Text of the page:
community relations

Why Hiring a PR Consultant is a Dud of an Idea for Montclair’s School Board

morissette

Hiring a PR consultant might be well-intentioned.  But it shows Montclair’s eduction reform board members don’t understand strained community relations.  They need to focus on strengthening their parent and teacher partnerships by figuring out where they create discord, then changing their ways.

 

Sometimes I am a bit slow when learning the latest happenings.  I just discovered Montclair, NJ’s board of education plans to hire, or has hired, a PR consultant.

I’m giving board members benefit of the doubt that one of their PR goals is to improve community relations.  If so, I tip my hat to their acknowledgement that existing discord needs to improve.  I hate to think it isn’t a goal.  Otherwise it would mean their focus is outside the community, not in it.  Either way, hiring a PR consultant may be well-intentioned but shows a lack of understanding of why there is discord to begin with.

I’m probably stating the obvious: “Public Relations” is a misnomer because it is about improving image, not relationships.  With PR, someone doesn’t actually have to nurture a relationship with the people whose opinions he wants to change.  He doesn’t even have to talk to them or show his face.  He could be a complete jerk, and if the PR is excellent, most people will end up thinking he is the hottest hot-thing in all of hot town.  But he’s still a jerk.

And as any marketer will say, the people being marketed to are called the target population.  If our board’s new PR focuses on the community, board members will be targeting us, not relating.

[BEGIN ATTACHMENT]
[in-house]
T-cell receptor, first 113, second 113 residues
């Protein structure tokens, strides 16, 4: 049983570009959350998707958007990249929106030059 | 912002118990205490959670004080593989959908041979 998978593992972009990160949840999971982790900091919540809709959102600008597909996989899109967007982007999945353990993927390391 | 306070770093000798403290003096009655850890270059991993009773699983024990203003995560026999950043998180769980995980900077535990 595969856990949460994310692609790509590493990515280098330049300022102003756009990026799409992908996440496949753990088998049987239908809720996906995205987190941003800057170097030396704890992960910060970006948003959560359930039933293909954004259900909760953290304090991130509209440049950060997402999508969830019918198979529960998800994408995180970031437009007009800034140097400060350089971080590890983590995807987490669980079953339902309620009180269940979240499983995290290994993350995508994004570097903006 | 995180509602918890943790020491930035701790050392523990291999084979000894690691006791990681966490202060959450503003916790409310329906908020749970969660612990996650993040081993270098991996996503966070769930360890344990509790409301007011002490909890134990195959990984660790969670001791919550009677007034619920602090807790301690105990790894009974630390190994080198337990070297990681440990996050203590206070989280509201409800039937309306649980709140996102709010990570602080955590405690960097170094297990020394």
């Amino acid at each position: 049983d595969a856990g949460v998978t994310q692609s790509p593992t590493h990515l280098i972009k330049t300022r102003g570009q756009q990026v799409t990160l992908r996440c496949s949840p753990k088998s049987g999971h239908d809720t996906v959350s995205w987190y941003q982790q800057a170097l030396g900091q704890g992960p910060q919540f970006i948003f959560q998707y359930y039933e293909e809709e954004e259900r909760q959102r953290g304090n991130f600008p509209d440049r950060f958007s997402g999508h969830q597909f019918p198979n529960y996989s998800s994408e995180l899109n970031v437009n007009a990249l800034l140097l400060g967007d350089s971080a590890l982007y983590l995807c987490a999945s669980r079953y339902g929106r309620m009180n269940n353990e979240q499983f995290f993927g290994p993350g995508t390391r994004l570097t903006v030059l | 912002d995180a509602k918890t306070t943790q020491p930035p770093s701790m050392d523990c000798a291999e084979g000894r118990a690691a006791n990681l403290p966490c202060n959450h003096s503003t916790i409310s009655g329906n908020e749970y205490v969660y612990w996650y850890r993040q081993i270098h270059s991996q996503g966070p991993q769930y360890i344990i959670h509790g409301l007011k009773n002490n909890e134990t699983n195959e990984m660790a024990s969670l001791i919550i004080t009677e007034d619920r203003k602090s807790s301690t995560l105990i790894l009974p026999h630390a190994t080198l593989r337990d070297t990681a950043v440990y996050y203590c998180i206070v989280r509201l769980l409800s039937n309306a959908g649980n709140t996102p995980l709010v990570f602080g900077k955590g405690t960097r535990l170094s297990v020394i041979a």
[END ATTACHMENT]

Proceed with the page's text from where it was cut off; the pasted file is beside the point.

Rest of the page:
I don’t think this makes our board members insidious.  They are Broadies, and in keeping with the Broad Foundation approach to ed reform, they see us as customers.  It is perfectly reasonable to market to customers.  The problem is that we are partners, not customers.  Until board members understand this, their relationship with us will continue to be dysfunctional.

Again, I’m probably stating the obvious:  Relationships are interactive, mutual, give-and-take, based on humility.  Otherwise they’re dead in the water.  We all know that guy who has all the answers; blames his problems on others; gets angry when challenged; attacks whomever does the challenging; and never seems to listen to a thing he’s told….

Montclair school board members, please!  Don’t be that guy!

Partnerships don’t improve by promoting a nifty image.  They improve by taking a good look at how you contribute to the discord, then changing yourself. 

I learned about the school board’s PR consultant while reading a patch.com report of Montclair’s June 2014 school board meeting.  Parents and teachers at the meeting expressed tremendous concern and frustration over the lack of resources and support offered at Edgemont School, and the degree to which the students are suffering from it.